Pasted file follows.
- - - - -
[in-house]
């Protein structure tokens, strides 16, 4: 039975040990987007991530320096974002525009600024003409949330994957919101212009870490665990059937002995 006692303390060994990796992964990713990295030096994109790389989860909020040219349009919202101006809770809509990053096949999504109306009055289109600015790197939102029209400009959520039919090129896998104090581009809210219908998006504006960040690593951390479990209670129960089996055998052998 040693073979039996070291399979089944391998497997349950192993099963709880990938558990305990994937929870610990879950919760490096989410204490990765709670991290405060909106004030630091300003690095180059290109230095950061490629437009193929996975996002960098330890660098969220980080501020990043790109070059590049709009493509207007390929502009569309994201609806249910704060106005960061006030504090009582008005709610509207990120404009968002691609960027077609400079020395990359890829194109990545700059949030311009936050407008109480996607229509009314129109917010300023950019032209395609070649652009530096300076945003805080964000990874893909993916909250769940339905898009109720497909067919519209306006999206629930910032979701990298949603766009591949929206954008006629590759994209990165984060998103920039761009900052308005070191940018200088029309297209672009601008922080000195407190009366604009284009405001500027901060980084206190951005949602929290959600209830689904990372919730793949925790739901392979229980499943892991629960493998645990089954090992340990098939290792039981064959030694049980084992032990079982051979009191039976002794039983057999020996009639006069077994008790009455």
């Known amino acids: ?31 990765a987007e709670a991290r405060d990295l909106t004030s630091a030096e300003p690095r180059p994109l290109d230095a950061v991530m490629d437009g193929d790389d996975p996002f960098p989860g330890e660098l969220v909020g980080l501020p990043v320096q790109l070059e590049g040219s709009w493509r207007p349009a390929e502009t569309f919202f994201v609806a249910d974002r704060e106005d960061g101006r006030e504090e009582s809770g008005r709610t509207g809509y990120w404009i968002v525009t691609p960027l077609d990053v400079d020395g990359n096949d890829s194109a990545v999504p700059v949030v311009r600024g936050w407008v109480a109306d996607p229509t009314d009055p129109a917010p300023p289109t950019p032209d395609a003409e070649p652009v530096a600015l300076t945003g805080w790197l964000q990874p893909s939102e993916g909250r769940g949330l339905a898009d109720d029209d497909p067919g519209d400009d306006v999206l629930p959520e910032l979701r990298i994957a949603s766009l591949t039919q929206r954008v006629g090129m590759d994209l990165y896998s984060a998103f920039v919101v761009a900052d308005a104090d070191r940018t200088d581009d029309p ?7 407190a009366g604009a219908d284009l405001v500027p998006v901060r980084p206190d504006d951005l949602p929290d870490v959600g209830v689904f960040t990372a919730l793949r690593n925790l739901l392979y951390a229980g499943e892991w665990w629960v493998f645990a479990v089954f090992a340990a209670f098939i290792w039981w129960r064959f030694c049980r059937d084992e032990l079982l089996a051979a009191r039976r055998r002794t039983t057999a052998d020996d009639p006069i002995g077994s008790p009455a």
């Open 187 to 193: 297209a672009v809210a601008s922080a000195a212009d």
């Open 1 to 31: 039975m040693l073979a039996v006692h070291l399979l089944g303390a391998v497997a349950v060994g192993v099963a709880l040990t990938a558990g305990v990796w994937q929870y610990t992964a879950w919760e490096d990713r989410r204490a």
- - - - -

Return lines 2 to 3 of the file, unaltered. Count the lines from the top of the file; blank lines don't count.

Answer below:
């Protein structure tokens, strides 16, 4: 039975040990987007991530320096974002525009600024003409949330994957919101212009870490665990059937002995 006692303390060994990796992964990713990295030096994109790389989860909020040219349009919202101006809770809509990053096949999504109306009055289109600015790197939102029209400009959520039919090129896998104090581009809210219908998006504006960040690593951390479990209670129960089996055998052998 040693073979039996070291399979089944391998497997349950192993099963709880990938558990305990994937929870610990879950919760490096989410204490990765709670991290405060909106004030630091300003690095180059290109230095950061490629437009193929996975996002960098330890660098969220980080501020990043790109070059590049709009493509207007390929502009569309994201609806249910704060106005960061006030504090009582008005709610509207990120404009968002691609960027077609400079020395990359890829194109990545700059949030311009936050407008109480996607229509009314129109917010300023950019032209395609070649652009530096300076945003805080964000990874893909993916909250769940339905898009109720497909067919519209306006999206629930910032979701990298949603766009591949929206954008006629590759994209990165984060998103920039761009900052308005070191940018200088029309297209672009601008922080000195407190009366604009284009405001500027901060980084206190951005949602929290959600209830689904990372919730793949925790739901392979229980499943892991629960493998645990089954090992340990098939290792039981064959030694049980084992032990079982051979009191039976002794039983057999020996009639006069077994008790009455």
């Known amino acids: ?31 990765a987007e709670a991290r405060d990295l909106t004030s630091a030096e300003p690095r180059p994109l290109d230095a950061v991530m490629d437009g193929d790389d996975p996002f960098p989860g330890e660098l969220v909020g980080l501020p990043v320096q790109l070059e590049g040219s709009w493509r207007p349009a390929e502009t569309f919202f994201v609806a249910d974002r704060e106005d960061g101006r006030e504090e009582s809770g008005r709610t509207g809509y990120w404009i968002v525009t691609p960027l077609d990053v400079d020395g990359n096949d890829s194109a990545v999504p700059v949030v311009r600024g936050w407008v109480a109306d996607p229509t009314d009055p129109a917010p300023p289109t950019p032209d395609a003409e070649p652009v530096a600015l300076t945003g805080w790197l964000q990874p893909s939102e993916g909250r769940g949330l339905a898009d109720d029209d497909p067919g519209d400009d306006v999206l629930p959520e910032l979701r990298i994957a949603s766009l591949t039919q929206r954008v006629g090129m590759d994209l990165y896998s984060a998103f920039v919101v761009a900052d308005a104090d070191r940018t200088d581009d029309p ?7 407190a009366g604009a219908d284009l405001v500027p998006v901060r980084p206190d504006d951005l949602p929290d870490v959600g209830v689904f960040t990372a919730l793949r690593n925790l739901l392979y951390a229980g499943e892991w665990w629960v493998f645990a479990v089954f090992a340990a209670f098939i290792w039981w129960r064959f030694c049980r059937d084992e032990l079982l089996a051979a009191r039976r055998r002794t039983t057999a052998d020996d009639p006069i002995g077994s008790p009455a």